Shermy

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Shermy
Peanuts character
Shermy from Peanuts.jpg
First appearance October 2, 1950 (comic strip)
Last appearance
Voiced by
  • Chris Doran (1963, 1965)
  • Gabrielle DeFaria Ritter (1966-1968) (as Gail De Faria)
  • Glenn Mendelson (1966)
  • David Carey (1969)
  • Ronald Hendrix (1977)
  • Michael Dockery (1983)
  • Carl Steven (1985)
  • Jake Miner (2003)
  • Jake D. Smith (2008-2009) (as Jake Smith)
  • Andy Pessoa (2011)
  • William Alexander Wunsch (2015)
Information
Gender male
Family unnamed sister

Shermy is a fictional character from the comic strip Peanuts, by Charles Schulz. Schulz named him after a friend from high school.[1] When Peanuts made its debut on October 2, 1950, Shermy had the first lines of dialogue in the series, ending with "Good ol' Charlie Brown . . . How I hate him!"

As Peanuts matured, however, Shermy became an extraneous character who was used less and less frequently, until his final appearance in 1969. In a television interview, Schulz said that in the 1950 debut of the strip, it was solely Charlie Brown, Snoopy, and a few minor characters, then showed the first strip, in which the "minor characters" he spoke of were clearly Patty and Shermy. Shermy's name was first mentioned on December 18, 1950, making him the last of the original characters to have the name revealed. In Schulz's Peanuts-precursor strip Li'l Folks, a character resembling Shermy went by the name "Charlie Brown".

Personality and characteristics[edit]

Shermy was often portrayed as Charlie Brown's superior at the things that mattered to Charlie Brown, especially athletics. It is likely that his major role in the strip was also as Charlie Brown's closest friend until Linus matured (although Shermy's first line in the strip was commenting to Patty "good ol' Charlie Brown... how I hate him!"). The relationship between Shermy and Charlie Brown became more neutral as the strip progressed and Shermy's role declined in prominence. Shermy's major physical characteristic was his short, dark hair, which he had styled in a crew cut on April 18, 1953, and kept that way permanently thereafter. Shermy would sometimes make reference to the fact he seemed doomed to have that look; he complained to Charlie Brown he got a new hairstyle one weekend only to shortly come down with an illness that kept him from attending school. By the time the illness subsided, Shermy's hair had returned to its normal look, to which Shermy exclaims "I wasted a good haircut!" in not getting to model it at school. Apparently Schulz himself was not a big fan of this look, as he once commented that he "disliked" the way he drew Shermy's hair, a possible reason for the character being removed.[2] Shermy was sometimes said to play the position of first base on Charlie Brown's baseball team.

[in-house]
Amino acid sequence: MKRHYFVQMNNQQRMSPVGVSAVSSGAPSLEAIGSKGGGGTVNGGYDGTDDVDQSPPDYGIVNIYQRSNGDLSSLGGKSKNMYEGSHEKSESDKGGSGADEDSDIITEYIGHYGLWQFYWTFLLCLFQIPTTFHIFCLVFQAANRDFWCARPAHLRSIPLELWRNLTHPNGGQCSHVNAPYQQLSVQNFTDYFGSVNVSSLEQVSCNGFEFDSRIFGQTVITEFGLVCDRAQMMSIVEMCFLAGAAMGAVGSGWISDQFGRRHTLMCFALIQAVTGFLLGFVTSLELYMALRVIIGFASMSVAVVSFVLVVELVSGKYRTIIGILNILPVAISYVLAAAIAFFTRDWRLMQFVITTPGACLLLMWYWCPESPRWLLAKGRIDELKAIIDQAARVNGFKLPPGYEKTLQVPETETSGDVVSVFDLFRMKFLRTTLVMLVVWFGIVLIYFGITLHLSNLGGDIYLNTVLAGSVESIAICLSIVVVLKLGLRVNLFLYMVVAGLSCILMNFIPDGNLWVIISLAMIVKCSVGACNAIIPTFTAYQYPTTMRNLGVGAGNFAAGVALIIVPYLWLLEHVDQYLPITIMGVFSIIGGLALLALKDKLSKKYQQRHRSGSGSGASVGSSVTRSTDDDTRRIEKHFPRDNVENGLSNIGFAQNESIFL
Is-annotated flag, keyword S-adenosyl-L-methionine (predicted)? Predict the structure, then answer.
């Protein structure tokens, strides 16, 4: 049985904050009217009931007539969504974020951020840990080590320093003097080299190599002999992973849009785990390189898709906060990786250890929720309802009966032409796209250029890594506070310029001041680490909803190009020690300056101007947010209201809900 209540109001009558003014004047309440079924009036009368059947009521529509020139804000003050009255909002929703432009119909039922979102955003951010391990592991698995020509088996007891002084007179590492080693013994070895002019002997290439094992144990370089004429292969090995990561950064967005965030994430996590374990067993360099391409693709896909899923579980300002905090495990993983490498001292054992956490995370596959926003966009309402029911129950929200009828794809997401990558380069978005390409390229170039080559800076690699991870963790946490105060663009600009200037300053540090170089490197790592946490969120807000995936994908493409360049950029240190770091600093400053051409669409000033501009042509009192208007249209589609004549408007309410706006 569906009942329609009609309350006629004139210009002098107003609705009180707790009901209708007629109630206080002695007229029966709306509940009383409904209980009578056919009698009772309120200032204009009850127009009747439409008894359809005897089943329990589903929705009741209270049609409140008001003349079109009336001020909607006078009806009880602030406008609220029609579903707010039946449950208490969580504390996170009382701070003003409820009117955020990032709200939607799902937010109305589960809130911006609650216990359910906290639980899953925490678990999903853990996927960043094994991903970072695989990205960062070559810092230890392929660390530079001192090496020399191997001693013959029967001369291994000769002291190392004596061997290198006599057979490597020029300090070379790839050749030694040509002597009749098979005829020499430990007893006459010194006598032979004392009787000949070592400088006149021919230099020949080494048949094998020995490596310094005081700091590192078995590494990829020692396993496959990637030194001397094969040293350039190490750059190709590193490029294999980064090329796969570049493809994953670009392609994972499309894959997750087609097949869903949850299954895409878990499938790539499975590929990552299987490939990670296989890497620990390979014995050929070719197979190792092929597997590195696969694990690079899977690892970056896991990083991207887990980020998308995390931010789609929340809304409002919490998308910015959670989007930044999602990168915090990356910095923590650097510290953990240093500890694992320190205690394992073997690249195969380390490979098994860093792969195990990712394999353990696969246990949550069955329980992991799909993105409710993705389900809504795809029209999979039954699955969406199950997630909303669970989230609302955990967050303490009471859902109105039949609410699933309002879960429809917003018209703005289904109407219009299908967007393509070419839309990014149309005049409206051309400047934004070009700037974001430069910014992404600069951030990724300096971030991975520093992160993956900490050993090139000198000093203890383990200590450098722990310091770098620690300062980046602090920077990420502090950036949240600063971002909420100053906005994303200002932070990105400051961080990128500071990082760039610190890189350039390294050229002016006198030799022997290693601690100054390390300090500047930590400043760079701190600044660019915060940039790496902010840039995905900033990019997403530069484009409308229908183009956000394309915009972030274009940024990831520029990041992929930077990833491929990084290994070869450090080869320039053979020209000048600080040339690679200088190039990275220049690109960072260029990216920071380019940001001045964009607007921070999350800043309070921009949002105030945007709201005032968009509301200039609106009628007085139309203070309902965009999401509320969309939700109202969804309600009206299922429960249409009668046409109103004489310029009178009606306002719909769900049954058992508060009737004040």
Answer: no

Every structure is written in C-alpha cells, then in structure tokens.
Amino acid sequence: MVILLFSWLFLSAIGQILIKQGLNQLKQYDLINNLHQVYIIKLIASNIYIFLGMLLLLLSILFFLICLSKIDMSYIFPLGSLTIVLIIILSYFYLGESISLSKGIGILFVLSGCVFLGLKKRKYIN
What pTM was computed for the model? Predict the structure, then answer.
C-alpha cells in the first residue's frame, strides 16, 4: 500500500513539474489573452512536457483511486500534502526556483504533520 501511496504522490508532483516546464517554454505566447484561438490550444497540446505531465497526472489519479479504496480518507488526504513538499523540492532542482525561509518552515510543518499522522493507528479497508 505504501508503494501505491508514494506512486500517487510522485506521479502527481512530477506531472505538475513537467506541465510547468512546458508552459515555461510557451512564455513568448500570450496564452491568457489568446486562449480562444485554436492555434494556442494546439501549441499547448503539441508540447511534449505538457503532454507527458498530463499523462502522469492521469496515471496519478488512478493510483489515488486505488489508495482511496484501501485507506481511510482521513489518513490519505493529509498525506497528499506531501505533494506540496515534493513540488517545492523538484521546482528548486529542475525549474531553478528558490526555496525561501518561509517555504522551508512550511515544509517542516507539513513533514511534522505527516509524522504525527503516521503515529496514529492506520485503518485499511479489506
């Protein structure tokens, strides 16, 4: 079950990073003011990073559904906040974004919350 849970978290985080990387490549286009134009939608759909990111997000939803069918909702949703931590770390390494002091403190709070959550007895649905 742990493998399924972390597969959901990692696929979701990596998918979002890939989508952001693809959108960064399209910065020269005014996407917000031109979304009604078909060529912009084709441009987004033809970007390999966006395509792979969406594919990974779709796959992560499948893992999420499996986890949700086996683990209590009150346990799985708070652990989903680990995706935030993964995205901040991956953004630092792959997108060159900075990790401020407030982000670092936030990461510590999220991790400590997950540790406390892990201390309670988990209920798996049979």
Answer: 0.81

Shermy's disappearance from the strip was even faster and more complete than those of Patty and Violet, who were also mostly gone from the series by the late 1960s; as early as late 1952 his appearances were becoming noticeably rare because of the success of newly introduced characters Lucy and Linus.

Movies and television specials[edit]